Exodus of top officials halted progressive sour gas regulations by Stephen Hume, December 29, 2013, Vancouver Sun
In the summer of 2010, faced with increasing public concern about the proximity of natural gas wells producing “sour” hydrogen sulfide, the provincial government announced it was imposing setbacks and enhanced management zones of two kilometres around schools and community centres. Instead, British Columbia wound up with regulations that permit sour gas wells and facilities as little as 100 metres away. The city of Dallas, by comparison, recently imposed setbacks of more than 450 metres for gas wells adjacent to buildings within its city limits.
Sour gas is lethal after five minutes of exposure at doses as small as 800 parts per million and has killed 34 petroleum industry workers since 1983, so it’s not surprising that occupational safety agencies across Canada and the U.S. consider it a highly hazardous substance or that the province was concerned. The Canadian Union of Public Employees safety sheet for workers, for example, says “THE SAFEST EXPOSURE TO HYDROGEN SULFIDE IS NO EXPOSURE AT ALL.”
At the time, then Energy, Mines and Petroleum Resources Minister and MLA for Peace River South — also centre of the province’s biggest natural gas play — Blair Lekstrom, issued a media release announcing the B.C. setbacks. “These steps will ensure there are no new wells drilled or facilities constructed within one kilometre of a school or community centre, and residents will see additional safety measures for any activity taking place within half-a-kilometres from their home,” Lekstrom said in the release. The government promised the school safety zones would combine a one kilometre safety setback with an additional one kilometre enhanced management zone, for a total buffer of two kilometres. Private residences would get an additional 500 metre safety buffer around private homes. That was before the exodus of half a dozen top oil and gas bureaucrats from the province to positions with companies involved in the very petroleum development that they’d previously been regulating.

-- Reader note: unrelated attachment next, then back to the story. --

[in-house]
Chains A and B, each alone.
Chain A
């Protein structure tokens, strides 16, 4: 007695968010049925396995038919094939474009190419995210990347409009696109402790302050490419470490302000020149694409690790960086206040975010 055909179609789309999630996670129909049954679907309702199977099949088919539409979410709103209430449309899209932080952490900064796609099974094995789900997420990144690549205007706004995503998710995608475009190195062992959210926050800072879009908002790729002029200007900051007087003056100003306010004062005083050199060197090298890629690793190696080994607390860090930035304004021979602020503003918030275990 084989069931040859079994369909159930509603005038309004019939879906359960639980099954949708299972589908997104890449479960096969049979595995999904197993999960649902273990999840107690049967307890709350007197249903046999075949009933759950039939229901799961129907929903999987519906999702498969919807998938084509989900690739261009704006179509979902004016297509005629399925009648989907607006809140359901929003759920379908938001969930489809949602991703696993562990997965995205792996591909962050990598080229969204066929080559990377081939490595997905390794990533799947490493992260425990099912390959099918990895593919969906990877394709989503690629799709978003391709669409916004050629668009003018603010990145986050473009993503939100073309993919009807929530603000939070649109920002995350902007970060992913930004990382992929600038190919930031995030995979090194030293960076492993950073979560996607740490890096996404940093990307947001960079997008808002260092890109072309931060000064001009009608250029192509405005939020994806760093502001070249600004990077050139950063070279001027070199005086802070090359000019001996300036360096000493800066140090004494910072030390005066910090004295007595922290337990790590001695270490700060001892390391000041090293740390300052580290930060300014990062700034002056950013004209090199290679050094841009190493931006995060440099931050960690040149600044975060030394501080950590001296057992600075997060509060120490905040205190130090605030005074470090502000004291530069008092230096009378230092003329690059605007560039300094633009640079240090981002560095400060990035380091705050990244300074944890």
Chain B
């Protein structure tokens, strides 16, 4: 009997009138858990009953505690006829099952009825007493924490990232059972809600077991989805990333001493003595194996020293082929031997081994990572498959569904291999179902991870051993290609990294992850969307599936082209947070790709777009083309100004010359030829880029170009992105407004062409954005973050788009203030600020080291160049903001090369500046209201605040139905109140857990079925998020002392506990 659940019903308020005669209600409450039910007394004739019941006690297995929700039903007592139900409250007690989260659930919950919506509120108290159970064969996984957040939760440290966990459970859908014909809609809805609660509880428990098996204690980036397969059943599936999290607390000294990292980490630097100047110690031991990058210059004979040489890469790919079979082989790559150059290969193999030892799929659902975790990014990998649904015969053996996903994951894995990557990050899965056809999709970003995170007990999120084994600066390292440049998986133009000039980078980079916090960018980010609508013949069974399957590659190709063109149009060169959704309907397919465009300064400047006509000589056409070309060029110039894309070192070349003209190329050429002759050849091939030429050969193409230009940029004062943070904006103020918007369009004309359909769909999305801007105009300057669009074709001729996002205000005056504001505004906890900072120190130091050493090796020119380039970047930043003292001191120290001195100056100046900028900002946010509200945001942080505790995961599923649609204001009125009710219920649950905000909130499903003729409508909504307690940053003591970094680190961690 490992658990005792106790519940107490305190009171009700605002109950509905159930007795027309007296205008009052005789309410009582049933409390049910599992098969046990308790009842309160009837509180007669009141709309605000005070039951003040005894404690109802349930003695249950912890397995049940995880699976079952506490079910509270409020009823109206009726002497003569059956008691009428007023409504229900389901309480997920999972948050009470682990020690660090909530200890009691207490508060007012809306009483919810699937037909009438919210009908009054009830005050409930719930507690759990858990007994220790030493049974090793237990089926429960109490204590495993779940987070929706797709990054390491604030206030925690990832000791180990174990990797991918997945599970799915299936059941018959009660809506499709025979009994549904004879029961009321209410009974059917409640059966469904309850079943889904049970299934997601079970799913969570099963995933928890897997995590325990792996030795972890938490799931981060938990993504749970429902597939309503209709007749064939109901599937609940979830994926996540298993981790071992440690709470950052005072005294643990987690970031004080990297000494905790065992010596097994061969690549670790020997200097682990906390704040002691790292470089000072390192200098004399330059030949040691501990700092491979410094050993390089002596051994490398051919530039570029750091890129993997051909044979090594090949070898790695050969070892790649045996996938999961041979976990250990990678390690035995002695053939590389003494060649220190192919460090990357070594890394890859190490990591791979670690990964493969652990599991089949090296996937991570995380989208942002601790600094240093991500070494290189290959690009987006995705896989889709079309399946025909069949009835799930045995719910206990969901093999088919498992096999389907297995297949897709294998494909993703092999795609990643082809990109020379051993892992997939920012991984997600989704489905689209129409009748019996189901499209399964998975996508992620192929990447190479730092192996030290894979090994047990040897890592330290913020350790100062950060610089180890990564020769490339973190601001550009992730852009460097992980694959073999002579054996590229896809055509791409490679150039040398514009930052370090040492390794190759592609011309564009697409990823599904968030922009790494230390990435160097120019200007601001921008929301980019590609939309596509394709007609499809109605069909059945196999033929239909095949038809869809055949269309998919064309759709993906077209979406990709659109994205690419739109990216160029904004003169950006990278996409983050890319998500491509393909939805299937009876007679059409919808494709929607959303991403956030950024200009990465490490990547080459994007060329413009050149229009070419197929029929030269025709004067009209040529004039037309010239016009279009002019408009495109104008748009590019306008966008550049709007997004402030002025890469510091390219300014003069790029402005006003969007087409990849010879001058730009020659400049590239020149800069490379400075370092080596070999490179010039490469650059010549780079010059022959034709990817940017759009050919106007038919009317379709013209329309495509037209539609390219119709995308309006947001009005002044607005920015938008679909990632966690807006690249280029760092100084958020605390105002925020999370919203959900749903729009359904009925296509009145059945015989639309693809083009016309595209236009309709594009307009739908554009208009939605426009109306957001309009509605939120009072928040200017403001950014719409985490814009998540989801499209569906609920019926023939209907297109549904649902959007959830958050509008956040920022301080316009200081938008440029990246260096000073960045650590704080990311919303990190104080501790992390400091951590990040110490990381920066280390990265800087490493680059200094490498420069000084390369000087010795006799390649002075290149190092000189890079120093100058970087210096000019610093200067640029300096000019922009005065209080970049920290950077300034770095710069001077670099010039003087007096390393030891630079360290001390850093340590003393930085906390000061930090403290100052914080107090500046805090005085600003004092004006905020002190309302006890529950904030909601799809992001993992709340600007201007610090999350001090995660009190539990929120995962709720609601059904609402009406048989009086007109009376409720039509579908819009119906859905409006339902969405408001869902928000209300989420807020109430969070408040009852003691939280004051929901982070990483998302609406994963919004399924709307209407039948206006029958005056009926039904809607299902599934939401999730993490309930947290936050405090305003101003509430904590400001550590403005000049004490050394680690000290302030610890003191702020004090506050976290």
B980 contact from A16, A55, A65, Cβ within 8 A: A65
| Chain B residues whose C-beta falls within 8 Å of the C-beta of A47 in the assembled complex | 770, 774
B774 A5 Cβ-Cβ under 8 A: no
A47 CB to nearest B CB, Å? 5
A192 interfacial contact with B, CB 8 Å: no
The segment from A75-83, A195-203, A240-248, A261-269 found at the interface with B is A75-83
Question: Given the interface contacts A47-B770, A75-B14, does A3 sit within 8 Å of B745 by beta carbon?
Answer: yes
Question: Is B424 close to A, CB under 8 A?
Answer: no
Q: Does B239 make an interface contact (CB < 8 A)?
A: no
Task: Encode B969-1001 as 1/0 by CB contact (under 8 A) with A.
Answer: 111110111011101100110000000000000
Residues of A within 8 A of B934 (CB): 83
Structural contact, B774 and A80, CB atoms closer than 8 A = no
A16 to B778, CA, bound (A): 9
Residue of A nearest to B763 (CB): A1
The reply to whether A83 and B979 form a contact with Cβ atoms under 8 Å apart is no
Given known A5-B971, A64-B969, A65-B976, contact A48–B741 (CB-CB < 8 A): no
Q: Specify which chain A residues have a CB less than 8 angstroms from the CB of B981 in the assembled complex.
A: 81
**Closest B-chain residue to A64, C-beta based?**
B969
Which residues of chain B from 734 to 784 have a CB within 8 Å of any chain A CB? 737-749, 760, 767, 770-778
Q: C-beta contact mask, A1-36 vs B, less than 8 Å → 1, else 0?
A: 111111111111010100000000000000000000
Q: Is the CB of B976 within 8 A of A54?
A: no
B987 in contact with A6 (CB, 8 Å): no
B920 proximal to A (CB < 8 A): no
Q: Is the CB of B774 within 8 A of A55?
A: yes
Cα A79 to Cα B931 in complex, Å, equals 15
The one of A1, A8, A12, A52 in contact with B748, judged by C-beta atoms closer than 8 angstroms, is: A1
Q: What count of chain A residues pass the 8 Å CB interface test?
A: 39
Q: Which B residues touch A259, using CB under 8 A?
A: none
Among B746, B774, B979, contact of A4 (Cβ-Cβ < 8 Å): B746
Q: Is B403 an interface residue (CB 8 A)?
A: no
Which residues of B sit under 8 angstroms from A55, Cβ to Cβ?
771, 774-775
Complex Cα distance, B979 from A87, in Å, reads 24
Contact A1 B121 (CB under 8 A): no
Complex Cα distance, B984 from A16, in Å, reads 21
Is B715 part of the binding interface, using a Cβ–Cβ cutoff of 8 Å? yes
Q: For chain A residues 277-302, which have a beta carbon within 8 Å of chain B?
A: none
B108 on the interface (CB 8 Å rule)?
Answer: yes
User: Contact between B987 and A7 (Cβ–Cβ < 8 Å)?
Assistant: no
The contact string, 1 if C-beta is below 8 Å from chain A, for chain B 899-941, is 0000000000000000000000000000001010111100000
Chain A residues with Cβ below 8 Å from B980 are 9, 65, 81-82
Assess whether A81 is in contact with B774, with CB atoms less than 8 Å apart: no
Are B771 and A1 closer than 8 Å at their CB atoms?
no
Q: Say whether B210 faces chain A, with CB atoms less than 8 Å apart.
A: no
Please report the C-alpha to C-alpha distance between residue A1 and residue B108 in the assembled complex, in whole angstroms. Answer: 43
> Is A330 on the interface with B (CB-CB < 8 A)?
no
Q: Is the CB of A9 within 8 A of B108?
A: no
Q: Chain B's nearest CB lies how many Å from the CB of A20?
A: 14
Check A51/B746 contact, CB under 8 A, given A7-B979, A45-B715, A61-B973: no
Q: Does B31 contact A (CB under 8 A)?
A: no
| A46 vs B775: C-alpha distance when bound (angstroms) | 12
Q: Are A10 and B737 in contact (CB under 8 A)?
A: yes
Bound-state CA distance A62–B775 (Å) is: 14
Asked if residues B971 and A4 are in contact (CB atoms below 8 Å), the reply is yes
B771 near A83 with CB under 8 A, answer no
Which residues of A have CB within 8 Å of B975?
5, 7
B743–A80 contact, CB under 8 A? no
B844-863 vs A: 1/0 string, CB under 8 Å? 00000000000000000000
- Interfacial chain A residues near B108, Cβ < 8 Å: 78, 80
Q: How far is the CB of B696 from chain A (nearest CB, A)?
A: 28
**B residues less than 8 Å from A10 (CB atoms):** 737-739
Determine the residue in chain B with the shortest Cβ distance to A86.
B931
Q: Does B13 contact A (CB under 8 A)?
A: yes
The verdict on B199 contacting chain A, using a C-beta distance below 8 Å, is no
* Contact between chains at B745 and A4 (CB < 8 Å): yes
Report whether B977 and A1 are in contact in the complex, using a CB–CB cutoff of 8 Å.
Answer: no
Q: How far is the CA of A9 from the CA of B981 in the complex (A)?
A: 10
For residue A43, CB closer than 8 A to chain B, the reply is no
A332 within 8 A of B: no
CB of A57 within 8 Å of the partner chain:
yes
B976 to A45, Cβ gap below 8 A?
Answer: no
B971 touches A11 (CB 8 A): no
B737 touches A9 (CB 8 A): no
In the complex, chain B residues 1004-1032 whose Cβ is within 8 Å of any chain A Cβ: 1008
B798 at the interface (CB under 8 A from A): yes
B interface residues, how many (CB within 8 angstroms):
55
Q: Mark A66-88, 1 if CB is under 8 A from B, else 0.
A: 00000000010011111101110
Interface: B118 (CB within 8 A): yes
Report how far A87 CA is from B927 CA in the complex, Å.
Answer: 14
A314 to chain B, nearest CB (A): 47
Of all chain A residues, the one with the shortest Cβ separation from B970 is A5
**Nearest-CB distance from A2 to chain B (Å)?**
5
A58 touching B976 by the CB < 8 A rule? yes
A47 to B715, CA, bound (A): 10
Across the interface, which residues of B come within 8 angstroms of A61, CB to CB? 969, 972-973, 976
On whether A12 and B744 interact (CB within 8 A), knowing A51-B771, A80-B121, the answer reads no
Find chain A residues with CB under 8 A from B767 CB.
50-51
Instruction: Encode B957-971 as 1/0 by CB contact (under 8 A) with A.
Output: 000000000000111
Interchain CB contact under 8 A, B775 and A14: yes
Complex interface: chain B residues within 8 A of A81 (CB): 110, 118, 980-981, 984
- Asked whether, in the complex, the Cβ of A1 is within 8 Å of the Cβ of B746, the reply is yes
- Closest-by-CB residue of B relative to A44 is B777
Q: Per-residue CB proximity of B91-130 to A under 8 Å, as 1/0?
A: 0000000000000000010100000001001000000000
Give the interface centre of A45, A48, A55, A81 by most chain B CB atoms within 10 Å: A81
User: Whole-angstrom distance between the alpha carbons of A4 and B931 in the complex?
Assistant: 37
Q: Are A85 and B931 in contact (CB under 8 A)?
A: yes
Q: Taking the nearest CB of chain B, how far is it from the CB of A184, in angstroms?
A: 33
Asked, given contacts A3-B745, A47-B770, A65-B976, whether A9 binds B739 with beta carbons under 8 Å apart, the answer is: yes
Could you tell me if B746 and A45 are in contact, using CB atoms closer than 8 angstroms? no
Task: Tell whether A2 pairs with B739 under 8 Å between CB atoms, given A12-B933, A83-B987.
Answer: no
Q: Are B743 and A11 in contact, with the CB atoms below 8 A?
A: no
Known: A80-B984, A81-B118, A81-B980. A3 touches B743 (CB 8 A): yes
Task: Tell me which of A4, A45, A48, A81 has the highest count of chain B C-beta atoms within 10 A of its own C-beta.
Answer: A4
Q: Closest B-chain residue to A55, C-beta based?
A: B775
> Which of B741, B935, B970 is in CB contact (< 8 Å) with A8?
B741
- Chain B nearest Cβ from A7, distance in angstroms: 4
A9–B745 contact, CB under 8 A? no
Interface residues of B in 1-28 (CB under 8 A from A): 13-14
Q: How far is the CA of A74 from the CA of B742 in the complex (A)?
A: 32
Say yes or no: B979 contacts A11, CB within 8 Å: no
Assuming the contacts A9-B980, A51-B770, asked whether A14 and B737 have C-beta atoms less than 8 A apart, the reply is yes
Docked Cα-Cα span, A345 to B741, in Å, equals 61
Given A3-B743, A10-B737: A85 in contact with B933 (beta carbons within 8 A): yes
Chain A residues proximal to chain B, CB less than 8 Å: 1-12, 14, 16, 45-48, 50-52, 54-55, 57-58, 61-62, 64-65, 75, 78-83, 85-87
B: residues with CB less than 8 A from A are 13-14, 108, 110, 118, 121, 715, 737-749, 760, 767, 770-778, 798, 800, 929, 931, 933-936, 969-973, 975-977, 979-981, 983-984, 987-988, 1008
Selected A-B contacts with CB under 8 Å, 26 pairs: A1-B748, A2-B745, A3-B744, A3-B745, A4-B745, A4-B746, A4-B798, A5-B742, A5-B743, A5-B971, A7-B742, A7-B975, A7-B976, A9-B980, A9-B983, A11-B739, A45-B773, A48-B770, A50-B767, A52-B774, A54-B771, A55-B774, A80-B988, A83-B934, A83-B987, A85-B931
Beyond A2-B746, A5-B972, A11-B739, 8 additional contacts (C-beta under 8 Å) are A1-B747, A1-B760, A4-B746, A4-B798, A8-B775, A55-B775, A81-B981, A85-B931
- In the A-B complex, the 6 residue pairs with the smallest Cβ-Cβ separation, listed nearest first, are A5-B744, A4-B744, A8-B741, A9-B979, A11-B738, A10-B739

Lekstrom’s bold measures were never enacted. … In August, 2010, Michael Lambert, the then-executive director of the provincial ministry’s oil and gas division left his government job and went to work for Encana, one of the major private sector players in the Peace River gas play. [Emphasis added]
Dallas effectively bans fracking within city limits, Council voted nine-six imposing 1,500 foot setback from well sites and homes by Andrew Nikiforuk, December 12, 2013, The Tyee.ca
B.C. sour gas rules leave school kids in danger, Children can suffer DNA damage and illness from leaking sour gas several kilometres away, yet B.C. allows wells within  metres of schools by Stephen Hume, December 12, 2013, Vancouver Sun
More than 1,900 children at nine schools in British Columbia’s northeast are at risk from toxic sour gas tapped by wells either already drilled or planned for the province’s liquefied natural gas strategy, warns the University of Victoria’s Environmental Law Centre. The warning is part of a blunt report prepared with the Peace Environment and Safety Trustees Society and set to be delivered to Premier Christy Clark Thursday morning.
By way of context, it points out that in a single recent five-year span there were 73 documented sour gas leaks in B.C. and that 34 workers have died as a result of sour gas exposure since 1983.
“If LNG exports proceed as planned, more than 6,000 new gas wells could be needed in the northeast. Many of these wells contain potentially lethal volumes of sour gas and other harmful pollutants, and many of them are being installed in close proximity to elementary schools,” the study says.
“Plans for a new ‘world-class’ LNG industry will be sorely lacking if they fail to include a ‘world-class’ safety strategy for children surrounded by natural gas wells and pipelines. As the attached report documents, B.C.’s current safety rules are far from ‘world class’,” it notes.